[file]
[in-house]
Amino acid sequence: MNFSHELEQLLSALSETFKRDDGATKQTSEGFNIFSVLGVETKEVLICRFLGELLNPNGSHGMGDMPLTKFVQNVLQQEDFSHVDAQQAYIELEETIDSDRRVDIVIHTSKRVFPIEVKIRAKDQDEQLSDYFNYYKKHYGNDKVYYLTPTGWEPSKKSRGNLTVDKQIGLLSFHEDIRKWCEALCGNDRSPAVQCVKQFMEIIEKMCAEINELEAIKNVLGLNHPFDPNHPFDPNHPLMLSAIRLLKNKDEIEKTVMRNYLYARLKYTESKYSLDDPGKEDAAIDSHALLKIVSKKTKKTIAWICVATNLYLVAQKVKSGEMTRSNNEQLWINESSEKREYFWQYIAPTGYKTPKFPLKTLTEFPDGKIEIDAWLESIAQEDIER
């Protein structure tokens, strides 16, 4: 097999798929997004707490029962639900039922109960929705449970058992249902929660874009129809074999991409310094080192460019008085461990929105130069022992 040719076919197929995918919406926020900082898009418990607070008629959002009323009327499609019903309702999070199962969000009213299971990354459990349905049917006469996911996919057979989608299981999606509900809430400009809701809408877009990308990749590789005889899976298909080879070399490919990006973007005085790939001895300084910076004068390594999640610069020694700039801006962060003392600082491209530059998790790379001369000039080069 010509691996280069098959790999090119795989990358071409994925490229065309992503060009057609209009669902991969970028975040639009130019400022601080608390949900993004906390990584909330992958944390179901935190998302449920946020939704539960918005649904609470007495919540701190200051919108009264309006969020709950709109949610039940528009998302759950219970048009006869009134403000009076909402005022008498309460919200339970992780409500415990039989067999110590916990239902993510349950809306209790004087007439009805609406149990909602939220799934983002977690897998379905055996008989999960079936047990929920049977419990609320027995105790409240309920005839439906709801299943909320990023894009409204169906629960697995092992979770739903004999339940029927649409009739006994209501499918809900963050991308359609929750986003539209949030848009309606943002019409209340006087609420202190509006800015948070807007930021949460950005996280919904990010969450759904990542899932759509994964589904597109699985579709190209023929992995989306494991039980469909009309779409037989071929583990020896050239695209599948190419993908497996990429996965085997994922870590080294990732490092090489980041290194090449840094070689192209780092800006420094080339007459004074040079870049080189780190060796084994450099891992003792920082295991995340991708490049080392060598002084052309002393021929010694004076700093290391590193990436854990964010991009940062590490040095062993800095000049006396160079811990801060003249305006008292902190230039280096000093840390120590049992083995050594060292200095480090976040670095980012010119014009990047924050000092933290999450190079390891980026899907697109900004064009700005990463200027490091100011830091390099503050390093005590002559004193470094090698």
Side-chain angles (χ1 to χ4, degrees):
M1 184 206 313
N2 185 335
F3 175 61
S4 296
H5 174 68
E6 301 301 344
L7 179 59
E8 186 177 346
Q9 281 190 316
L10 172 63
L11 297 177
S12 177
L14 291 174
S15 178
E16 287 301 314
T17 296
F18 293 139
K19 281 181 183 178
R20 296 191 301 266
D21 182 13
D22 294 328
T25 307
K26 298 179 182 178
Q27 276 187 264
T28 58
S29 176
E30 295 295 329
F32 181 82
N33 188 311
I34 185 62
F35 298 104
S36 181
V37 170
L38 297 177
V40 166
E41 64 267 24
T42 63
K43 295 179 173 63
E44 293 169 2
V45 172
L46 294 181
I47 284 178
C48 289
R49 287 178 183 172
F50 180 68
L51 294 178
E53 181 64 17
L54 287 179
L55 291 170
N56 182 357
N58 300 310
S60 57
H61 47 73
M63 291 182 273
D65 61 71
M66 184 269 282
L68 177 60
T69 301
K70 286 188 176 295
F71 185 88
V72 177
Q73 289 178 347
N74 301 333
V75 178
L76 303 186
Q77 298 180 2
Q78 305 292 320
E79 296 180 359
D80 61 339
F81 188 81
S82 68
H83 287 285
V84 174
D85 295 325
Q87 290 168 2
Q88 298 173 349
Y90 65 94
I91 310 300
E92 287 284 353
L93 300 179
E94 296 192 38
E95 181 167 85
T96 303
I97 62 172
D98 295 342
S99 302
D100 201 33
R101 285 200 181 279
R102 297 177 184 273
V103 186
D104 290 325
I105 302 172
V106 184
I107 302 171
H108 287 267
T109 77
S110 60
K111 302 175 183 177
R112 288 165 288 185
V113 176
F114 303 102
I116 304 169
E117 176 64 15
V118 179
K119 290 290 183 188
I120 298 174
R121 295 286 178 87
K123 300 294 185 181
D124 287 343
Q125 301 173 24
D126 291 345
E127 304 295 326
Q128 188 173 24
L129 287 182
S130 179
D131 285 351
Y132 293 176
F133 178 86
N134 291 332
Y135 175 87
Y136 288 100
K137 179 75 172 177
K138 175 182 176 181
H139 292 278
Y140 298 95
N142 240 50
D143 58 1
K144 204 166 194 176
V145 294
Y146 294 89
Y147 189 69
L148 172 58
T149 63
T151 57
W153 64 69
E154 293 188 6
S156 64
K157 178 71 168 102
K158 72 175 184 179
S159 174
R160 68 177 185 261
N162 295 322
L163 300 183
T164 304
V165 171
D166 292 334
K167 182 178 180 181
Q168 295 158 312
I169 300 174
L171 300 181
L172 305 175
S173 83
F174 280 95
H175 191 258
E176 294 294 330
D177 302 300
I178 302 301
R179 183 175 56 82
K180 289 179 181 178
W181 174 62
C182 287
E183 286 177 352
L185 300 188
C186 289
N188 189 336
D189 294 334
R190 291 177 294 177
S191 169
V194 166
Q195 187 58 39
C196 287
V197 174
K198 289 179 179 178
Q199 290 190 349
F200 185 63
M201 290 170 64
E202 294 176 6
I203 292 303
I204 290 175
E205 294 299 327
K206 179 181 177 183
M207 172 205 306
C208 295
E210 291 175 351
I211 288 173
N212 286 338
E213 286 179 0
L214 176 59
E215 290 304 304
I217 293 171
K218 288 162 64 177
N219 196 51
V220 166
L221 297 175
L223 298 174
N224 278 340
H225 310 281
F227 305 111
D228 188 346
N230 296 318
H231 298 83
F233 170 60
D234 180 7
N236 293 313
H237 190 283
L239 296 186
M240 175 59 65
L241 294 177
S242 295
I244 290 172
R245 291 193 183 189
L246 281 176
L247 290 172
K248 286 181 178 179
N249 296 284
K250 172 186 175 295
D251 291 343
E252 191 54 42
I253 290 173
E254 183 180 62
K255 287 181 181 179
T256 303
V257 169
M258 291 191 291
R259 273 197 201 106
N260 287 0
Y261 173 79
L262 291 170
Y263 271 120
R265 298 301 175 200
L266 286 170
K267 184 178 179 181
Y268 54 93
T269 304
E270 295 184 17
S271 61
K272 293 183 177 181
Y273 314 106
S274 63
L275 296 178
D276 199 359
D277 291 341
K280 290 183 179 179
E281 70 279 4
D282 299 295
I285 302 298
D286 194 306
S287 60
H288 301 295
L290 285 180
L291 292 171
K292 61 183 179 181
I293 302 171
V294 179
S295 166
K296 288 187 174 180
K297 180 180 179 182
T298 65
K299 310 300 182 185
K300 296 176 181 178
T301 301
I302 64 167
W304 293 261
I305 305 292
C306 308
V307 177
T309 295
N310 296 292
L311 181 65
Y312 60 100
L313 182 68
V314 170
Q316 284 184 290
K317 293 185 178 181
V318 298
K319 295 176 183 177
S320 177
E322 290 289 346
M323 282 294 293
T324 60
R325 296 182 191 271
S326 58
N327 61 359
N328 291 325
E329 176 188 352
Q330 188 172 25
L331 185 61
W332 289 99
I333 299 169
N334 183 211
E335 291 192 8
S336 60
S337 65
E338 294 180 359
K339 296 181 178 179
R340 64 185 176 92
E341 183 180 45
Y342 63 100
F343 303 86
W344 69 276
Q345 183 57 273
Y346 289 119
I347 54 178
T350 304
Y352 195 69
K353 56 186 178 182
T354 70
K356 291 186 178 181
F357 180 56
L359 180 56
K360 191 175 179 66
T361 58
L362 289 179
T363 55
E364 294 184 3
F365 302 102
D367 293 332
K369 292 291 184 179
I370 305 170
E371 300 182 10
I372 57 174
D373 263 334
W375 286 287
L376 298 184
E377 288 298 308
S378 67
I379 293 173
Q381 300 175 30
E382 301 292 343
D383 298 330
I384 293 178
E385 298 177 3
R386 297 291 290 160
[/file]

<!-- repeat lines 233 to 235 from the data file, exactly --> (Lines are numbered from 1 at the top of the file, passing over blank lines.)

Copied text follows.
Y263 271 120
R265 298 301 175 200
L266 286 170